Criminals are now turning to decentralized applications to launder money and obfuscate their criminal activities, a new report by blockchain analytics firm Elliptic has revealed.
These criminals laundered over $4 billion through decentralized exchanges (DEXs), coin swaps, and cross-chain bridges, the report, titled “The state of cross-chain crime,” found. The most prolific perpetrators were Ponzi schemes, ransomware operators, dark web markets, hackers, and illicit gambling platforms, Elliptic disclosed.
DEXs accounted for $1.2 billion of the illicit money moved by criminals since 2020, the report says. These exchanges, which tend to have lower Know Your Customer (KYC) and Anti-Money Laundering (AML) standards, have been attracting users beyond the traditional cybercriminals. NFT scammers are among the new-age criminals relying on DEXs, another recent Elliptic report found.
More than half the laundered funds were moved through two DEXs, Uniswap and Curve.
Cross-chain bridges have also become a common target for criminals seeking to move their funds. Elliptic identified RenBridge as criminals’ top choice, revealing that more than $540 million has passed through the bridge, allowing users to move tokens between various blockchains.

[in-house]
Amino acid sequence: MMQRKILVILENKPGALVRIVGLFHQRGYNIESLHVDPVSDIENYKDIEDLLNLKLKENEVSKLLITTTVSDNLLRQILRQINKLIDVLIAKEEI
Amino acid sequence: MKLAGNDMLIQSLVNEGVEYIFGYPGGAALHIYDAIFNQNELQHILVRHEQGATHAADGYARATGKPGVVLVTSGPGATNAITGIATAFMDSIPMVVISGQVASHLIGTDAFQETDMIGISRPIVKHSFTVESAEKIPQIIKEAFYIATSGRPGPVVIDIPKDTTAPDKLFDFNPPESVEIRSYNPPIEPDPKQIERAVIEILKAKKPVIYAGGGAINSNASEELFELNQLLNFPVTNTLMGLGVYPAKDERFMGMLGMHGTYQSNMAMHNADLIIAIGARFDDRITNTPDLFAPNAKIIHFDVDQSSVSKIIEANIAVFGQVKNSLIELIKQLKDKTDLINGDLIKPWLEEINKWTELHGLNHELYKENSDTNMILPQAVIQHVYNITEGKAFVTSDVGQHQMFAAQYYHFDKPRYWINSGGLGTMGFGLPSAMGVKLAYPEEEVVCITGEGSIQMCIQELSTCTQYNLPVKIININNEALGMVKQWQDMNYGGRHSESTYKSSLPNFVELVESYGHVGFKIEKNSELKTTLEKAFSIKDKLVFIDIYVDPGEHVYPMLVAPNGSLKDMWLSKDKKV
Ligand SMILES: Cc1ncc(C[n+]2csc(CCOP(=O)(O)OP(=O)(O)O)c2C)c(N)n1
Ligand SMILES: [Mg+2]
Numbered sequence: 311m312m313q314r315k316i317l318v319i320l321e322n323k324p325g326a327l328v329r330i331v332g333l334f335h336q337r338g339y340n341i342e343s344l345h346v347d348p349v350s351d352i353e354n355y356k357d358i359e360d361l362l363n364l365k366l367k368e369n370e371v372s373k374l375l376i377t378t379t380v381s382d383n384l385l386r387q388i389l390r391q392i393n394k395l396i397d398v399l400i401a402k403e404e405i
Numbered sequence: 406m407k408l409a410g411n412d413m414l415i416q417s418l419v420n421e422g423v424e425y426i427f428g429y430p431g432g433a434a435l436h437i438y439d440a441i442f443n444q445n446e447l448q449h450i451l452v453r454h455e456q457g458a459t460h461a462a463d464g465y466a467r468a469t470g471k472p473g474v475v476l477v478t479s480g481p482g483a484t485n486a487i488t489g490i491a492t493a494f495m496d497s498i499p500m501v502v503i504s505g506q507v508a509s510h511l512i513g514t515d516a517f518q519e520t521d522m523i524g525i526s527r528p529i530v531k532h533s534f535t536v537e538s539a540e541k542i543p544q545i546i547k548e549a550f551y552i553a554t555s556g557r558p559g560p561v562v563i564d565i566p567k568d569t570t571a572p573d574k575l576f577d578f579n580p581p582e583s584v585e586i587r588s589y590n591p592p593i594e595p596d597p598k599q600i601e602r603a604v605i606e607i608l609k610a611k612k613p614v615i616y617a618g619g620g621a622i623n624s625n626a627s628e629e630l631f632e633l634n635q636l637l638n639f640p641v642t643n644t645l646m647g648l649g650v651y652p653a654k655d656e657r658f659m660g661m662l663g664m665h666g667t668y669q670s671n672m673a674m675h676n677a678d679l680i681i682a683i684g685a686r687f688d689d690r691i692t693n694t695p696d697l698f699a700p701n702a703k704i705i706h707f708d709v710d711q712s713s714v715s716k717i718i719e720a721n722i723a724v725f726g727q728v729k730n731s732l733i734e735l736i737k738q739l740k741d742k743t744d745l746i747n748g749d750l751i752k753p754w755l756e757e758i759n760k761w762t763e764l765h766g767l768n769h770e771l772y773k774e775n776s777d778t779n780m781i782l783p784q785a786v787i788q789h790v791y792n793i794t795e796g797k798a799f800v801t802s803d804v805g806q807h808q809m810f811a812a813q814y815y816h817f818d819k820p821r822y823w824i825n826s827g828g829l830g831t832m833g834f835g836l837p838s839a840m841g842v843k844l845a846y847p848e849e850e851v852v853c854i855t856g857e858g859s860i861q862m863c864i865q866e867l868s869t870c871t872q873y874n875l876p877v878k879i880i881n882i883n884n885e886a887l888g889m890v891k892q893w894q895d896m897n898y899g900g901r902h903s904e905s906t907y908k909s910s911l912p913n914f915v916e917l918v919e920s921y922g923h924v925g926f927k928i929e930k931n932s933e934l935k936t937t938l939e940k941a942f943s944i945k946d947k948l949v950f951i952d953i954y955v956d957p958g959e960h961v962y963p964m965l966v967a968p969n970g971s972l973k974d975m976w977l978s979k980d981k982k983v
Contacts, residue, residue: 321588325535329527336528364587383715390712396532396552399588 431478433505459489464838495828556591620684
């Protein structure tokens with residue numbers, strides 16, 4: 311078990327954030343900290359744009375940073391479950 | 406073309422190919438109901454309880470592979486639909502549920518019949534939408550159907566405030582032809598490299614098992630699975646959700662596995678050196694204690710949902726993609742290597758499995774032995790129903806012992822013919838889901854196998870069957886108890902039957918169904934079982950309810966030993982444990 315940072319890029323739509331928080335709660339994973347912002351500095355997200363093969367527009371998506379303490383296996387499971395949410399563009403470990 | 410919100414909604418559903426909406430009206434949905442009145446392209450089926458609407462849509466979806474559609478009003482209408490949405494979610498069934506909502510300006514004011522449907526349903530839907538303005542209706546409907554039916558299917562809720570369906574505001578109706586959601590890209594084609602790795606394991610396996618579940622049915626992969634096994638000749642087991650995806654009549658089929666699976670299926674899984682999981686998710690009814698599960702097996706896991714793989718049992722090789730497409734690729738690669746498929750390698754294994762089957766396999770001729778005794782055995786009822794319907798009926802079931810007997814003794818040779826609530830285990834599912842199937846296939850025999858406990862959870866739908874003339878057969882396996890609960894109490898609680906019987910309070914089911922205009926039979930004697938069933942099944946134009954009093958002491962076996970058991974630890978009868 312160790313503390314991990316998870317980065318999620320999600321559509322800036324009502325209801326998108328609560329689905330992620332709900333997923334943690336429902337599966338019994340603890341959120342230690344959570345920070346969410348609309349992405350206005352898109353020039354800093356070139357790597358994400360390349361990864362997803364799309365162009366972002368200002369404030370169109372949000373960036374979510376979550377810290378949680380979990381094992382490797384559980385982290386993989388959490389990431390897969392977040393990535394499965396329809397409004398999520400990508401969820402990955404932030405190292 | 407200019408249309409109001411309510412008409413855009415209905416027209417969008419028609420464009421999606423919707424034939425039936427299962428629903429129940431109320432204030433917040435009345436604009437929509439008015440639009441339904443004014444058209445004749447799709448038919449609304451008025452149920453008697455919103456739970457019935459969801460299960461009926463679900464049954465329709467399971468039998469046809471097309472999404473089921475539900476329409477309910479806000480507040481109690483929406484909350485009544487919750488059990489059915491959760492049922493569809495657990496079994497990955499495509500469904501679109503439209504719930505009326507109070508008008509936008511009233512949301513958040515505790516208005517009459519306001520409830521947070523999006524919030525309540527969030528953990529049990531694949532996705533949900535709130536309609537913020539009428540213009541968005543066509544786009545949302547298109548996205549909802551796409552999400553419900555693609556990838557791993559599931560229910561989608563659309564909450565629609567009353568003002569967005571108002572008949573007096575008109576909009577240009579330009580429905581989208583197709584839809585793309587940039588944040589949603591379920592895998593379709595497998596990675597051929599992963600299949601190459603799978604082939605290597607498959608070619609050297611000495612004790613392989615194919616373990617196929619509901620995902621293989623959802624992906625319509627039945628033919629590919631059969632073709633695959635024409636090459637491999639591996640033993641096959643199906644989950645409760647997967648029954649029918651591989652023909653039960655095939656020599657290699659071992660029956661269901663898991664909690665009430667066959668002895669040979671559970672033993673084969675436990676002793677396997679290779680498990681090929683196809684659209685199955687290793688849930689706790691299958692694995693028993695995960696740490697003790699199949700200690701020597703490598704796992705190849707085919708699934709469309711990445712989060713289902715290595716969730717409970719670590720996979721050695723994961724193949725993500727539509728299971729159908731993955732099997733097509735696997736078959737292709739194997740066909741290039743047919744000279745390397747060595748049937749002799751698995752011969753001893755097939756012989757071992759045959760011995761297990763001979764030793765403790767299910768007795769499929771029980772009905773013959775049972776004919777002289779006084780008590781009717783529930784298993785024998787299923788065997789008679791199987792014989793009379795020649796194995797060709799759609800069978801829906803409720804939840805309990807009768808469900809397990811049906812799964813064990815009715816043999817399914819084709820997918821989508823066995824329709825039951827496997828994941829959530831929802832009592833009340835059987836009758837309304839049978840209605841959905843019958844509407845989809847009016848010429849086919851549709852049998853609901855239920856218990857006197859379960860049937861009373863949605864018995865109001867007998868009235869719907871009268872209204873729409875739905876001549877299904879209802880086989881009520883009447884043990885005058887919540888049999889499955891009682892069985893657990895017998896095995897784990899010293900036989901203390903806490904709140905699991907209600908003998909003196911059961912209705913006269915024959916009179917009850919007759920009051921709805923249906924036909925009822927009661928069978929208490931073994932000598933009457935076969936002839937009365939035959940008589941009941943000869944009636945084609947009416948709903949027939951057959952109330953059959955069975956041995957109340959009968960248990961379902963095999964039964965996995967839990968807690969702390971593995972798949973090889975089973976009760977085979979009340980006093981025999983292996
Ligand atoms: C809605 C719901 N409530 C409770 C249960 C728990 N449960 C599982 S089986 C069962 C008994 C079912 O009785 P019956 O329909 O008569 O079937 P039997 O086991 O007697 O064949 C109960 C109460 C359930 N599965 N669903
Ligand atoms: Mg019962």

Back in March, criminals attacked Axie Infinity’s Ronin Bridge, taking away over $600 million in ETH and USDC. According to Elliptic, the incident offered insight into how criminals exploit DEXs and bridges to launder funds. First, they used two DEXs to swap the USDC for ETH. They then began to launder the funds through Tornado Cash, the Ethereum-based mixer that United States authorities sanctioned earlier this year and whose developer is still behind bars.
Coin swaps have also become common tools for money launderers. The report found that since 2020, over $1.2 billion has been laundered through these services, which usually require little or no KYC verification for their users.
“Many are advertised on Russian cybercrime forums and cater almost exclusively to a criminal audience,” Elliptic found.
The rise of decentralized finance (DeFi)-based money laundering is significantly threatening the efficiency of U.S. sanctions. According to the report, sanctioned entities “constitute approximately $1.5 billion of illicit “crypto assets being processed by DEXs, cross-chain bridges or coin swap services.”
While they are becoming a popular avenue for crime, these decentralized services are in no way crime-centric, and most of their users are legitimate, the report clarified.
In a statement to one outlet, a spokesperson for Elliptic added, “To be clear, Elliptic is not saying DEXs or bridges are used exclusively by criminals, in fact, the opposite is true, they are mostly used by legitimate users. But Elliptic has traced illicit funds (from hacks etc.) that have been moved through DEXs and bridges in order to obfuscate their origin.”
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